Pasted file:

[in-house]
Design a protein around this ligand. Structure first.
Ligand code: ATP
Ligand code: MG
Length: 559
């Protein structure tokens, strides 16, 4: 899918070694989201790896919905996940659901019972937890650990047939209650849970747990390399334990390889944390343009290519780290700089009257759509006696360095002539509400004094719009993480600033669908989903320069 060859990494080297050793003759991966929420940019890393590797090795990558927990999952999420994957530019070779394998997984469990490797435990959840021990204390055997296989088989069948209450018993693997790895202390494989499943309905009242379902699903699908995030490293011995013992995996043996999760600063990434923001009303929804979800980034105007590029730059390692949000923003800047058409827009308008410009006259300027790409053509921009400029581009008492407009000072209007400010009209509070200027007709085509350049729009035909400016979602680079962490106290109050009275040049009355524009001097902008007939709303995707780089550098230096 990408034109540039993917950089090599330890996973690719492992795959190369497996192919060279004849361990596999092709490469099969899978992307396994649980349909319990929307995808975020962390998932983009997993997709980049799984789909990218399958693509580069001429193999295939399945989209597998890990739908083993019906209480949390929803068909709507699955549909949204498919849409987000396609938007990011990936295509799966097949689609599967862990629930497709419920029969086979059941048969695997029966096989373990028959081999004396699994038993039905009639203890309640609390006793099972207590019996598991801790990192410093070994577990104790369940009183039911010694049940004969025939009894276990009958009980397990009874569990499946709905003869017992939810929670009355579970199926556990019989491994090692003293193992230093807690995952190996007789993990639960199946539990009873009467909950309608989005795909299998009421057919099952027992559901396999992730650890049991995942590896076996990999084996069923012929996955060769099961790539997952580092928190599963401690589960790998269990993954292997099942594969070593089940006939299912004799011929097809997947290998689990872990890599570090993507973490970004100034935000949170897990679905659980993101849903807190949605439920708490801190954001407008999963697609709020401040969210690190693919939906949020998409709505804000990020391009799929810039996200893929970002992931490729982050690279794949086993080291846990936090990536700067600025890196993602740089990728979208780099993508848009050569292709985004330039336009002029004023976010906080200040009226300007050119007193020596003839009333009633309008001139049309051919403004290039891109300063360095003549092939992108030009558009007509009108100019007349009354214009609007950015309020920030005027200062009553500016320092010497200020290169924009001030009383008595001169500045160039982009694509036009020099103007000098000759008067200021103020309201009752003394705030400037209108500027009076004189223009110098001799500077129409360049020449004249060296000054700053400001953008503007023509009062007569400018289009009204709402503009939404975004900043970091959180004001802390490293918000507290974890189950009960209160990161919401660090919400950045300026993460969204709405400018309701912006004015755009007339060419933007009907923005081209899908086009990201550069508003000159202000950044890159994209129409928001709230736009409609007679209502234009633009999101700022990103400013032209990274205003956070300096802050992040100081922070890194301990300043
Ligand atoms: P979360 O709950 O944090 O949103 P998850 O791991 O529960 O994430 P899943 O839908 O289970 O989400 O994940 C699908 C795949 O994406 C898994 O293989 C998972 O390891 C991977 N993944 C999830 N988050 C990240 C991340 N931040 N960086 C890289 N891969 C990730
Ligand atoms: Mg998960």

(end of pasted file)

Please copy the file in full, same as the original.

[in-house]
Design a protein around this ligand. Structure first.
Ligand code: ATP
Ligand code: MG
Length: 559
């Protein structure tokens, strides 16, 4: 899918070694989201790896919905996940659901019972937890650990047939209650849970747990390399334990390889944390343009290519780290700089009257759509006696360095002539509400004094719009993480600033669908989903320069 060859990494080297050793003759991966929420940019890393590797090795990558927990999952999420994957530019070779394998997984469990490797435990959840021990204390055997296989088989069948209450018993693997790895202390494989499943309905009242379902699903699908995030490293011995013992995996043996999760600063990434923001009303929804979800980034105007590029730059390692949000923003800047058409827009308008410009006259300027790409053509921009400029581009008492407009000072209007400010009209509070200027007709085509350049729009035909400016979602680079962490106290109050009275040049009355524009001097902008007939709303995707780089550098230096 990408034109540039993917950089090599330890996973690719492992795959190369497996192919060279004849361990596999092709490469099969899978992307396994649980349909319990929307995808975020962390998932983009997993997709980049799984789909990218399958693509580069001429193999295939399945989209597998890990739908083993019906209480949390929803068909709507699955549909949204498919849409987000396609938007990011990936295509799966097949689609599967862990629930497709419920029969086979059941048969695997029966096989373990028959081999004396699994038993039905009639203890309640609390006793099972207590019996598991801790990192410093070994577990104790369940009183039911010694049940004969025939009894276990009958009980397990009874569990499946709905003869017992939810929670009355579970199926556990019989491994090692003293193992230093807690995952190996007789993990639960199946539990009873009467909950309608989005795909299998009421057919099952027992559901396999992730650890049991995942590896076996990999084996069923012929996955060769099961790539997952580092928190599963401690589960790998269990993954292997099942594969070593089940006939299912004799011929097809997947290998689990872990890599570090993507973490970004100034935000949170897990679905659980993101849903807190949605439920708490801190954001407008999963697609709020401040969210690190693919939906949020998409709505804000990020391009799929810039996200893929970002992931490729982050690279794949086993080291846990936090990536700067600025890196993602740089990728979208780099993508848009050569292709985004330039336009002029004023976010906080200040009226300007050119007193020596003839009333009633309008001139049309051919403004290039891109300063360095003549092939992108030009558009007509009108100019007349009354214009609007950015309020920030005027200062009553500016320092010497200020290169924009001030009383008595001169500045160039982009694509036009020099103007000098000759008067200021103020309201009752003394705030400037209108500027009076004189223009110098001799500077129409360049020449004249060296000054700053400001953008503007023509009062007569400018289009009204709402503009939404975004900043970091959180004001802390490293918000507290974890189950009960209160990161919401660090919400950045300026993460969204709405400018309701912006004015755009007339060419933007009907923005081209899908086009990201550069508003000159202000950044890159994209129409928001709230736009409609007679209502234009633009999101700022990103400013032209990274205003956070300096802050992040100081922070890194301990300043
Ligand atoms: P979360 O709950 O944090 O949103 P998850 O791991 O529960 O994430 P899943 O839908 O289970 O989400 O994940 C699908 C795949 O994406 C898994 O293989 C998972 O390891 C991977 N993944 C999830 N988050 C990240 C991340 N931040 N960086 C890289 N891969 C990730
Ligand atoms: Mg998960």